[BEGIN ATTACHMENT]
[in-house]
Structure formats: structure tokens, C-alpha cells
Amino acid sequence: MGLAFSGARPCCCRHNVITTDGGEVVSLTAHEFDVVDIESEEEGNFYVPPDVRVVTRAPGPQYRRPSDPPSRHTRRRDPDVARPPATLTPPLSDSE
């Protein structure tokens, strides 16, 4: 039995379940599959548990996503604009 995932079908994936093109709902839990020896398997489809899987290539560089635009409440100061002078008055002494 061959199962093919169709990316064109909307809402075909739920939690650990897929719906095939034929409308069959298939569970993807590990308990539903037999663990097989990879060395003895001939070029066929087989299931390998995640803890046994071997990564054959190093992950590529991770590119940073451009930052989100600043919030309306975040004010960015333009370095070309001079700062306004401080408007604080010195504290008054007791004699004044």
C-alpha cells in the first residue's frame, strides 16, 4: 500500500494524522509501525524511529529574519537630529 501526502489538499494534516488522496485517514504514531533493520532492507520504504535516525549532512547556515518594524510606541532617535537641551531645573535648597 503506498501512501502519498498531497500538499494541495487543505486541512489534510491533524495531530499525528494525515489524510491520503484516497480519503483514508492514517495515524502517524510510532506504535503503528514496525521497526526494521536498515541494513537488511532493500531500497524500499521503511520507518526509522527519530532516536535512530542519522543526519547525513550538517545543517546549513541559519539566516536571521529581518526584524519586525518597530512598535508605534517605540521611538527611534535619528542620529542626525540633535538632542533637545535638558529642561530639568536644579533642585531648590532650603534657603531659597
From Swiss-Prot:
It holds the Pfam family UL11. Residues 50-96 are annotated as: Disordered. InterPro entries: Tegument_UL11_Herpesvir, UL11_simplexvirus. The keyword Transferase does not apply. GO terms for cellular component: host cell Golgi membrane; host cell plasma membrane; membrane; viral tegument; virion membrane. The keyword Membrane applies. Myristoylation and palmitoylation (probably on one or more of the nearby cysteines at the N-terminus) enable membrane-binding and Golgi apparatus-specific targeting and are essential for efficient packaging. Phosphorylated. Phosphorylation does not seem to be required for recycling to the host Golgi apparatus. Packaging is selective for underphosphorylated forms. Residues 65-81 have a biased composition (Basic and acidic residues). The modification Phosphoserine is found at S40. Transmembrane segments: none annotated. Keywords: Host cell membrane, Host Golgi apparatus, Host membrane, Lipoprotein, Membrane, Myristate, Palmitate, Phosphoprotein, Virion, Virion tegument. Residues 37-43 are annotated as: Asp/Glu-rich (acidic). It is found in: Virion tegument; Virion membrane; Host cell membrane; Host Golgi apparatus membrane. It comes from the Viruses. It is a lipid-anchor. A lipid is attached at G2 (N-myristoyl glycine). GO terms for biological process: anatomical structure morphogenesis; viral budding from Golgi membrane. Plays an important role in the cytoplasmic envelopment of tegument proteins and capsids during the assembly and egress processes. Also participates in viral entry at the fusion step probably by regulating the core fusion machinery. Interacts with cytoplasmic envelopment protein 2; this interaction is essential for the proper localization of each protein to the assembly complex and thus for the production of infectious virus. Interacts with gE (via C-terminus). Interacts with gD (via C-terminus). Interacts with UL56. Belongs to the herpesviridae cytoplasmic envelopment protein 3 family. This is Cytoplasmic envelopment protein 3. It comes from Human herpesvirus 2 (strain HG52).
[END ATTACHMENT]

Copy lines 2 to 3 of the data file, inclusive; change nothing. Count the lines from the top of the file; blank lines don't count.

Structure formats: structure tokens, C-alpha cells
Amino acid sequence: MGLAFSGARPCCCRHNVITTDGGEVVSLTAHEFDVVDIESEEEGNFYVPPDVRVVTRAPGPQYRRPSDPPSRHTRRRDPDVARPPATLTPPLSDSE